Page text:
Greenfield Tap & Die
The Greenfield Tap & Die Corporation was established in 1912 as a holding company by financier Frederick Payne and F.O. Wells of the Wells Brothers Company. They engineered a hostile takeover of Wiley & Russell Mfg. Co., combining the two large industrial complexes on Meridian Street and Sanderson Street. This became the world's largest tap & die firm. Greenfield Tap & Die corporation expanded by buying out most of its local competitors and acquiring other firms for their product lines: A.J. Smart company (1912), taps & dies; F.E. Wells & Son Company (1917) taps & dies and pipe tools; Nutter & Barnes Company (1917), metal cutting-off machines; Lincoln Twist Drill Company (1920), twist drills and milling cutters; Bickford Machine Company (1917), lathes and screw machines; Greenfield Machine Company (1921), internal grinders. In addition the corporation maintained a Canadian plant at Galt, Ontario (Greenfield Tap & Die Corporation of Canada, Limited).
The period between 1917 and 1958 was when Greenfield Tap & Die Corporation dominated the economic life of Greenfield and the world-wide tap & die industry. During World War I Frederick Payne was an Undersecretary of War and certainly helped the Corporation to receive military contracts. It suffered through the Depression but remained Greenfield's largest employer. The firm was known for its interest in the welfare of its employees and sponsored many sports and social groups. It expanded by purchasing other companies. Sales offices and warehouses were located in most industrial cities. Their advertisements stated they always had on hand three million dollars worth of steel to immediately fill any special order.
The peak period for the Greenfield Tap & Die Corporation was during World War II when employment was almost 4000. In 1940, as war raged on in Europe, the U.S. Government financed the building of a modern million dollar gage plant in which temperature and humidity never varied more than one percent. Gages were one of the Corporation's major products during World War II. Gages assured that parts assembled from all over the country in different factories would fit together. Production declined after the War but the Corporation streamlined its operations and continued to selectively acquire other companies.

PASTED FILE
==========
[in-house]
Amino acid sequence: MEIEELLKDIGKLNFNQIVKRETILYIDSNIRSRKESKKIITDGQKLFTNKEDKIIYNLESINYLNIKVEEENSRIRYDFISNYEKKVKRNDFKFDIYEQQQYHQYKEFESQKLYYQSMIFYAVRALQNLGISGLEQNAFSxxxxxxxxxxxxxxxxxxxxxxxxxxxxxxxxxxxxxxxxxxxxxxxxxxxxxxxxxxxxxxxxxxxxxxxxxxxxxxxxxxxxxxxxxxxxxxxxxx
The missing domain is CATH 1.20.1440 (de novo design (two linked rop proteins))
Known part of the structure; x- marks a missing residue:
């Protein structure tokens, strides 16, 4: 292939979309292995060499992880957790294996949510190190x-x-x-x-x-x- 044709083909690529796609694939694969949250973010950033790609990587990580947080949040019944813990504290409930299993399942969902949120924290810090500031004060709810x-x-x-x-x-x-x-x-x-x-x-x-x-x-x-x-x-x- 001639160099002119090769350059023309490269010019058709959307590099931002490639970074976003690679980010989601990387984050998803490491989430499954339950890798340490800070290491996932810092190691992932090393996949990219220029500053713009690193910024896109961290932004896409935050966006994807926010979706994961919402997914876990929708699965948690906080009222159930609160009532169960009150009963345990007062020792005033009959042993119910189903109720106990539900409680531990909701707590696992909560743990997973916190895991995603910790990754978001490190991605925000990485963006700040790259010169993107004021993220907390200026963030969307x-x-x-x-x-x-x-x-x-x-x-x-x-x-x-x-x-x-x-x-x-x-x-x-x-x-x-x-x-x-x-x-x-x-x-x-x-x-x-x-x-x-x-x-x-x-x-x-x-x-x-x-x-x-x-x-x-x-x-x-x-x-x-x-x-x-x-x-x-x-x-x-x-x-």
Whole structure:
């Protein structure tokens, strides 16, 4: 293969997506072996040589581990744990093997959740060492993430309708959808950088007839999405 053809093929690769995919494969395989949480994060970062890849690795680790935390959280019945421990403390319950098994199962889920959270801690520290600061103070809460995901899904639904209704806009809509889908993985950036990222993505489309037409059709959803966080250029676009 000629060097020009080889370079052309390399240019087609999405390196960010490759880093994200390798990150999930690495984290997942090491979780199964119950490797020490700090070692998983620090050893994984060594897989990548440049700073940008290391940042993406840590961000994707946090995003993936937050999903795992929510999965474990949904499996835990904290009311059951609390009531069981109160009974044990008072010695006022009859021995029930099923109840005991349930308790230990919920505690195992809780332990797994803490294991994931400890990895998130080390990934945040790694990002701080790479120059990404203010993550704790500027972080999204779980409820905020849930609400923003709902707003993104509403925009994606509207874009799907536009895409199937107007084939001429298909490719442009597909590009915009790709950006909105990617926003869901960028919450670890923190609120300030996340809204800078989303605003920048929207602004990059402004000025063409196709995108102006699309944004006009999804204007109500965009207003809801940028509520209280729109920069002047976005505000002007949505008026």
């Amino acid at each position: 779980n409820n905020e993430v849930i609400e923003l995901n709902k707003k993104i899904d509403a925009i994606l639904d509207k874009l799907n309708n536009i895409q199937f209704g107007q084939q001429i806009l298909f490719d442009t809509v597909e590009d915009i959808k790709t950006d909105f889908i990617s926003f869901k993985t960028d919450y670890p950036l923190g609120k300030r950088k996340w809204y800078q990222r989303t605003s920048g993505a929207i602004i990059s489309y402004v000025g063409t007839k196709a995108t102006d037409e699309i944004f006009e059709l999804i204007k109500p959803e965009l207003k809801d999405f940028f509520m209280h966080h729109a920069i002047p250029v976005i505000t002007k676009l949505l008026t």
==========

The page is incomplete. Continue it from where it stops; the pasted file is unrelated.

Beginning in 1958 Greenfield Tap & Die Corporation went through a series of mergers, ownership and organizational changes, some of which were detrimental to the firm. Products formerly produced in Greenfield were transferred to other locations. In 1992 the Meridian Street plant was abandoned and all local production consolidated at the Sanderson Street facility.
United Greenfield 1958-1968.
United - Greenfield Corporation (UG) with the United Drill and Tool Corporation, a group of firms manufacturing metal cutting tools. It became the largest tool maker in the world.
TRW - 1968-1986.
In 1968 United Greenfield merged with TRW, a giant conglomerate. The new Greenfield Products Division produced one percent of TRW's sales and five percent of its profits !
Harbour Group 1986-1993
The Harbour group was a privately owned company based in St. Louis. It was formed in 1976 by financiers who specialized in purchasing "rust-belt" industries - established metal working firms who had obsolete machinery and were not successfully competing in changing markets. In 1986 they purchased the Greenfield DIvision of TRW which consisted of Greenfield Tap & Die, Chicago Latrobe and Geometric Brands. The companies were restructured so each made products which were their specialty. Tap and drill production was centered in Greenfield. Other companies that were acquired including Vermont Tap & Die in 1991 and Cleveland Twist Drill Company in 1994.
Greenfield Industries 1993-1997.
All of the Harbour Group companies were consolidated as Greenfield Industries in 1993 and organized as a publicly held company. It acquired several other firms. The local plant was modernized and high volume tap production was consolidated at the Sanderson Street plant. Special taps and low volume products were made at the Vermont Tap & Die plant. Other products made here were transferred to Greenfield Industries plants in other locations.